Ventana Research frequently finds that senior finance executives believe their enterprise resource planning (ERP) software has failed to deliver sufficient value. There was some factual basis for this perception. Surveys performed in the 1990s consistently showed ERP deployments fell short of expectations for return on investment (ROI) because implementation costs were higher than projected and promised benefits were harder to achieve. That these systems have ongoing costs for maintenance fees and upgrades further reinforces this view among some CFOs. But there is evidence that companies underestimate the positive financial impact ERP systems can have. We believe many CFOs are not achieving all the potential benefits from these systems because their negative perceptions have caused them to underutilize ERP systems in the areas of process improvements and innovation. We advise finance executives to work at increasing the value their companies receive from this core business system.
In the 1990s companies spent billions of dollars buying and implementing enterprise resource planning (ERP) suites, which integrate and automate corporate activities such as finance, distribution, supply chain management and human resources. In the first part of the decade, business boomed as consultants promoted business process re-engineering as a way to improve competitiveness. Later, companies replaced their accounting systems because of Y2K concerns and to integrate European monetary systems. For many, the results were underwhelming, for a number of reasons. Consultants and software vendors promised more than the systems could do, and buyers colluded by engaging in wishful thinking. Projects were managed poorly or botched. There weren’t enough skilled consultants, and some failed to integrate ERP with other critical enterprise systems. Employees sometimes sabotaged re-engineering efforts, and too little attention was paid to training them to use the new systems.
Nonetheless, companies have been able to achieve measurable, positive returns on ERP investments. The Hackett Group, a benchmarking consultancy, tracks the cost as a percent of revenue of running a finance department. According to its data, that percentage today is about half of what it was in 1992 when it published its first “Book of Numbers.” In our judgment, this reduction is attributable mostly to IT investments, particularly in ERP systems. Applying the percentage decline to the revenues of the Fortune 500, we calculate that in operating their finance departments these companies save US$60 billion annually.
Why, then, do finance executives fail to see the benefit? Ventana Research believes the main reason was that the initial implementations and upgrades were clearly expensive and painful, while the benefits have been diffuse, often realized over time and relatively invisibly through better execution and avoided costs.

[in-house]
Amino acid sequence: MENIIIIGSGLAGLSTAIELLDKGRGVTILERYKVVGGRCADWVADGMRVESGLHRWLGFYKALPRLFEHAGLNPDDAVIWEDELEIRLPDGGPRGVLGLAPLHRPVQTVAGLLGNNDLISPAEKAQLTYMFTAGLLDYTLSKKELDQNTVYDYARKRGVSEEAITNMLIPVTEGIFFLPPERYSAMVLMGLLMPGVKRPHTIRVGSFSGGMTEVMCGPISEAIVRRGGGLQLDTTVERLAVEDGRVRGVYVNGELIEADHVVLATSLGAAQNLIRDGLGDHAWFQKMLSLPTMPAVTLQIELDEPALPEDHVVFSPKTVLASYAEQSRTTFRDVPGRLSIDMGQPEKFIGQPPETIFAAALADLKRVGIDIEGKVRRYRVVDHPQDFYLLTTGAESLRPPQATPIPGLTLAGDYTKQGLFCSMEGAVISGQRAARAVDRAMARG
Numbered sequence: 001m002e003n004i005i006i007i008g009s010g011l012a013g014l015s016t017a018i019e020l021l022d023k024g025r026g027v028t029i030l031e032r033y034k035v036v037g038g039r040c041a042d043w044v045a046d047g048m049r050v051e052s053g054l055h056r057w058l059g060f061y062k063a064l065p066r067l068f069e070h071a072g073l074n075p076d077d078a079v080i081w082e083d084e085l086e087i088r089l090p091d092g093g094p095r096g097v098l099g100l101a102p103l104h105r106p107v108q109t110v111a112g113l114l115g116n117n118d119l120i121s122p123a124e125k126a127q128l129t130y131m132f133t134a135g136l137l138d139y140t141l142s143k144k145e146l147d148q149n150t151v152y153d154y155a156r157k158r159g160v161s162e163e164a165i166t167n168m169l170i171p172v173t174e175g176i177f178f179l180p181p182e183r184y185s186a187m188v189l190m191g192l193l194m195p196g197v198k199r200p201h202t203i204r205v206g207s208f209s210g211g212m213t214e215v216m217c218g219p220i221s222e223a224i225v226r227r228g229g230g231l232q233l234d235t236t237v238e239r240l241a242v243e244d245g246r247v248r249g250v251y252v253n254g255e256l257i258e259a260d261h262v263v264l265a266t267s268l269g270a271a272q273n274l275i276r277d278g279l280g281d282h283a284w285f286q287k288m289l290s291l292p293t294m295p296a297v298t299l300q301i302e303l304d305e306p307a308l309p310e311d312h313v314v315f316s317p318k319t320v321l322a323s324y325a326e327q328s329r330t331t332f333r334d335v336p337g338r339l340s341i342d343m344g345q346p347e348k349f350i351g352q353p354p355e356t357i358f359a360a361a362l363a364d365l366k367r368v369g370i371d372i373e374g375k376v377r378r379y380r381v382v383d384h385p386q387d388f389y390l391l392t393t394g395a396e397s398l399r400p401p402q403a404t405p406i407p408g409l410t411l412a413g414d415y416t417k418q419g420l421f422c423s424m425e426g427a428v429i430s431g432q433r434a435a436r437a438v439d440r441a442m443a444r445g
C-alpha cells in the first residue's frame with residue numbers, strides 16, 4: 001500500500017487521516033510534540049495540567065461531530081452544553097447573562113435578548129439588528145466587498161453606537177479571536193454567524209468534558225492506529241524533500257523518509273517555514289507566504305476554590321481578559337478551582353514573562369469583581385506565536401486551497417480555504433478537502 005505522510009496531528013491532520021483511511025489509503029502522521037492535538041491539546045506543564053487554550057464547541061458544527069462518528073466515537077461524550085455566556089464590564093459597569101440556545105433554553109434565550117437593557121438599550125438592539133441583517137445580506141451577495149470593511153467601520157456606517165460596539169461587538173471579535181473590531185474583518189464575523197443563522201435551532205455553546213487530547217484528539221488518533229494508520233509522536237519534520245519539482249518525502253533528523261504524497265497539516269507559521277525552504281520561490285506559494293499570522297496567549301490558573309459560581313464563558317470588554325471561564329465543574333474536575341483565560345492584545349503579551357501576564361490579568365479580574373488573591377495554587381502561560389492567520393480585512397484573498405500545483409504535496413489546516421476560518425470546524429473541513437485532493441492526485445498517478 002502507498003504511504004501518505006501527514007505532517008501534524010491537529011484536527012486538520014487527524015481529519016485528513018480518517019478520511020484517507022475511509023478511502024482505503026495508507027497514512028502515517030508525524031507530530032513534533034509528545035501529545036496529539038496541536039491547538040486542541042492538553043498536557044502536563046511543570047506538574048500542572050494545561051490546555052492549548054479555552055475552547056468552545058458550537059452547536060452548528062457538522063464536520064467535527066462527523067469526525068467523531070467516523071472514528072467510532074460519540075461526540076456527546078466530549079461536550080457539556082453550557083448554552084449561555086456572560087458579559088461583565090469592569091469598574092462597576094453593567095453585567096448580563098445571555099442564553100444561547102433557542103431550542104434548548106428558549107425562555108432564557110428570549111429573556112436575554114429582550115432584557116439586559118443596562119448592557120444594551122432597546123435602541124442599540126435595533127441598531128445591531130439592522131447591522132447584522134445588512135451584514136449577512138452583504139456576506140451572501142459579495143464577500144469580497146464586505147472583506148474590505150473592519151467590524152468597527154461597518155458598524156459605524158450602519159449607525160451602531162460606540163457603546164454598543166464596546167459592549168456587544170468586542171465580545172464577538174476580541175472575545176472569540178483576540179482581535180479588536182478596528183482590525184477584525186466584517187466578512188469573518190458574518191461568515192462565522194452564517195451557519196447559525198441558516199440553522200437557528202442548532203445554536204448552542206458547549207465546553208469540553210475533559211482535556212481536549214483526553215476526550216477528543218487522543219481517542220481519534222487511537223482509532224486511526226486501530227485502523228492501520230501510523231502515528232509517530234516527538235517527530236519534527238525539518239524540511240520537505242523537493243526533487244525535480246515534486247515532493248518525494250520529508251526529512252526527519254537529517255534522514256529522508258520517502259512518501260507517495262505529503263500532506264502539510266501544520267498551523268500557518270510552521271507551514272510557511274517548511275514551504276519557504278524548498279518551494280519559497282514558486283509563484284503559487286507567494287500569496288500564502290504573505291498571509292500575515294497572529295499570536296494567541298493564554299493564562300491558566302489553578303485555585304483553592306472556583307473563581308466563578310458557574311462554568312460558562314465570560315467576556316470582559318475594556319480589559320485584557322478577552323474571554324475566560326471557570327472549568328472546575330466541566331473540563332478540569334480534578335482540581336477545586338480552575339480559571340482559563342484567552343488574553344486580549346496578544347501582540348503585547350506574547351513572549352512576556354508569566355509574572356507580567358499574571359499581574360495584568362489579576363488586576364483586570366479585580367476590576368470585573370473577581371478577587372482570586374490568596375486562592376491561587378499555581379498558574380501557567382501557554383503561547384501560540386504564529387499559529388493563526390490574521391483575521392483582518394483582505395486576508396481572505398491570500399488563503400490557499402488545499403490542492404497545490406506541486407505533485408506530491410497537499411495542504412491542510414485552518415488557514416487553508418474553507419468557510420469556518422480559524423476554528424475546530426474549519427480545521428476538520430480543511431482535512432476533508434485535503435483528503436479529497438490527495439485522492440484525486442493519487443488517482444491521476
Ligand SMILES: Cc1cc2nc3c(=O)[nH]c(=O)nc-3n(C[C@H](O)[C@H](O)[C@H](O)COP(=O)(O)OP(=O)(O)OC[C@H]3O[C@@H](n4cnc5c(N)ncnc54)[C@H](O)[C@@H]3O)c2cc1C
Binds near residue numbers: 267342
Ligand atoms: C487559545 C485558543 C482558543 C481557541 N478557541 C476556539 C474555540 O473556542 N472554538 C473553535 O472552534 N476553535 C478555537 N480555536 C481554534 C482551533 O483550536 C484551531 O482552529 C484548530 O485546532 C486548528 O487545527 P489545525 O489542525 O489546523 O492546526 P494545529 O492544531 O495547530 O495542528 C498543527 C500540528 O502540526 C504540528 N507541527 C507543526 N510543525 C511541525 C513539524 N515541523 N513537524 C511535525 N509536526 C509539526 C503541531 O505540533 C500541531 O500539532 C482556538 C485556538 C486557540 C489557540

In our view, the misperception that ERP has failed to deliver value is the main reason finance organizations have not taken better advantage of its capabilities. Although many operating processes were enhanced as part of the initial deployments, some companies have not continued to refine them. Too many corporations treat their transaction systems with benign neglect. Few finance departments take advantage of ERP systems’ ability to manage end-to-end processes (from procure to pay, for example) or to automate manual processes. Too few companies have implemented paperless processes such as electronic invoice matching. In our opinion, this approach is as wasteful as leaving production lines idle. Moreover, it is a dangerous attitude to have as the software industry consolidates, leaving companies vulnerable to future business disruptions if they wind up on the wrong end of a vendor combination.
Assessment Like the telephone, ERP systems have become necessary for Global 2000 companies to do business. Yet like the telephone, the ways in which organizations apply the technology can make a significant difference in the value they receive from the investment, both in reducing their operating costs and executing their core business processes more effectively. Realizing greater value from ERP systems is a matter of focusing attention on the effective use and alignment of people, process and technology. Especially in the era of Sarbanes-Oxley requirements, finance departments in U.S. public companies must rethink their processes to eliminate manual operations and streamline the flow of information. They may have to address organizational concerns before being ready to make better use of their ERP systems; a chief issue is ensuring open communications between finance and IT departments. Applied properly, ERP systems can support process improvement.
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